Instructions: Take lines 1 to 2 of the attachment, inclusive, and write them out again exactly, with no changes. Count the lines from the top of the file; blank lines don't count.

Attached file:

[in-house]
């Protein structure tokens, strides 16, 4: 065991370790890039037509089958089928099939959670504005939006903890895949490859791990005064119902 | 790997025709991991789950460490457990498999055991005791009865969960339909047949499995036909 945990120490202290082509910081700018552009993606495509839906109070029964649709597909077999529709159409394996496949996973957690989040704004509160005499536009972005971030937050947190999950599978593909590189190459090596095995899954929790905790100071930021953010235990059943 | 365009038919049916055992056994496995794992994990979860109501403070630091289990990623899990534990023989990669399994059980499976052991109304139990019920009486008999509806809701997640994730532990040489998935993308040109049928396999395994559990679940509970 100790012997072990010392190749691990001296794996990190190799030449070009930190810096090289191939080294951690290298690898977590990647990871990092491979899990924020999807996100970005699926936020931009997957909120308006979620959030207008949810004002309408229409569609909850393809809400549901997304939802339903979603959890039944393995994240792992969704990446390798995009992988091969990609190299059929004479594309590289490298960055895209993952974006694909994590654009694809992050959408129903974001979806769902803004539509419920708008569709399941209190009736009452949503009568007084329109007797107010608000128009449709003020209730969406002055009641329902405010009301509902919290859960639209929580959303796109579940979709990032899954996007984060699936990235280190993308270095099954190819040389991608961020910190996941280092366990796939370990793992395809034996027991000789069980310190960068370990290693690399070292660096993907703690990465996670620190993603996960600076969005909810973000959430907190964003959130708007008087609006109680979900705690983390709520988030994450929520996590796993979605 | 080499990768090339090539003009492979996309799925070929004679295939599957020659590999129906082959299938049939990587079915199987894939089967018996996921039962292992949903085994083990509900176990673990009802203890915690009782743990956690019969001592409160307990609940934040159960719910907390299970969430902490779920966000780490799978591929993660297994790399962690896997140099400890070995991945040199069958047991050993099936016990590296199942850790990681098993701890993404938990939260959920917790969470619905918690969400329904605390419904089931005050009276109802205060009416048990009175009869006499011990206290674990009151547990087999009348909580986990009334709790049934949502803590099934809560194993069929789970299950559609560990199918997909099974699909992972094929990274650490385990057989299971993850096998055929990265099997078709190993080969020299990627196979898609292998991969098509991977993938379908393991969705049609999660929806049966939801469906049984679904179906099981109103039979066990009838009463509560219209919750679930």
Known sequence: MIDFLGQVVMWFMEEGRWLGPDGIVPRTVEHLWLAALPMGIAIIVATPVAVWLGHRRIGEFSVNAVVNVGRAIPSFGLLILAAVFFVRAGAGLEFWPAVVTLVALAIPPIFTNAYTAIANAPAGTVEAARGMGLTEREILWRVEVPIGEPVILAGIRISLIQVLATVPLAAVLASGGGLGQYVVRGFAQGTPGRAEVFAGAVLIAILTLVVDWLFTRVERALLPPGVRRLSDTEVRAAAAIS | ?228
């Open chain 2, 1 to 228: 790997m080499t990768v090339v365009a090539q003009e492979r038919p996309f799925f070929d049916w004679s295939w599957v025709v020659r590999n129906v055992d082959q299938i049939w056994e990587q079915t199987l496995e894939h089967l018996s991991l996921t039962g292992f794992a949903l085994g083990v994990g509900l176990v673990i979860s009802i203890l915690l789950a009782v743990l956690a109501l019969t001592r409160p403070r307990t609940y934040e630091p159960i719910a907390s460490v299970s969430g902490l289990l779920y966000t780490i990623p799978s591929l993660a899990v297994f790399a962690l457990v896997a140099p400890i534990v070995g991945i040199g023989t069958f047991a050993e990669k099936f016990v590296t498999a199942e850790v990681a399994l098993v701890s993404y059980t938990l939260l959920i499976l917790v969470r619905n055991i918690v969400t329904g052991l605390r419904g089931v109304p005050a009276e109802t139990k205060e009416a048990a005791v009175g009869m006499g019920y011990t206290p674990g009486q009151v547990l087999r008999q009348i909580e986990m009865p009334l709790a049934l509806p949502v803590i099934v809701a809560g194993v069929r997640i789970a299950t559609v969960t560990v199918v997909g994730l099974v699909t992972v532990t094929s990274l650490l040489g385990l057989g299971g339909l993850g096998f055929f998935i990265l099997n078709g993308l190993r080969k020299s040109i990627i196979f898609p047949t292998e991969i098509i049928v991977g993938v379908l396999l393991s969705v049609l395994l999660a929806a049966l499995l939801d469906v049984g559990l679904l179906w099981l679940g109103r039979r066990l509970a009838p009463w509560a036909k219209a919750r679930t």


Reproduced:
[in-house]
């Protein structure tokens, strides 16, 4: 065991370790890039037509089958089928099939959670504005939006903890895949490859791990005064119902 | 790997025709991991789950460490457990498999055991005791009865969960339909047949499995036909 945990120490202290082509910081700018552009993606495509839906109070029964649709597909077999529709159409394996496949996973957690989040704004509160005499536009972005971030937050947190999950599978593909590189190459090596095995899954929790905790100071930021953010235990059943 | 365009038919049916055992056994496995794992994990979860109501403070630091289990990623899990534990023989990669399994059980499976052991109304139990019920009486008999509806809701997640994730532990040489998935993308040109049928396999395994559990679940509970 100790012997072990010392190749691990001296794996990190190799030449070009930190810096090289191939080294951690290298690898977590990647990871990092491979899990924020999807996100970005699926936020931009997957909120308006979620959030207008949810004002309408229409569609909850393809809400549901997304939802339903979603959890039944393995994240792992969704990446390798995009992988091969990609190299059929004479594309590289490298960055895209993952974006694909994590654009694809992050959408129903974001979806769902803004539509419920708008569709399941209190009736009452949503009568007084329109007797107010608000128009449709003020209730969406002055009641329902405010009301509902919290859960639209929580959303796109579940979709990032899954996007984060699936990235280190993308270095099954190819040389991608961020910190996941280092366990796939370990793992395809034996027991000789069980310190960068370990290693690399070292660096993907703690990465996670620190993603996960600076969005909810973000959430907190964003959130708007008087609006109680979900705690983390709520988030994450929520996590796993979605 | 080499990768090339090539003009492979996309799925070929004679295939599957020659590999129906082959299938049939990587079915199987894939089967018996996921039962292992949903085994083990509900176990673990009802203890915690009782743990956690019969001592409160307990609940934040159960719910907390299970969430902490779920966000780490799978591929993660297994790399962690896997140099400890070995991945040199069958047991050993099936016990590296199942850790990681098993701890993404938990939260959920917790969470619905918690969400329904605390419904089931005050009276109802205060009416048990009175009869006499011990206290674990009151547990087999009348909580986990009334709790049934949502803590099934809560194993069929789970299950559609560990199918997909099974699909992972094929990274650490385990057989299971993850096998055929990265099997078709190993080969020299990627196979898609292998991969098509991977993938379908393991969705049609999660929806049966939801469906049984679904179906099981109103039979066990009838009463509560219209919750679930």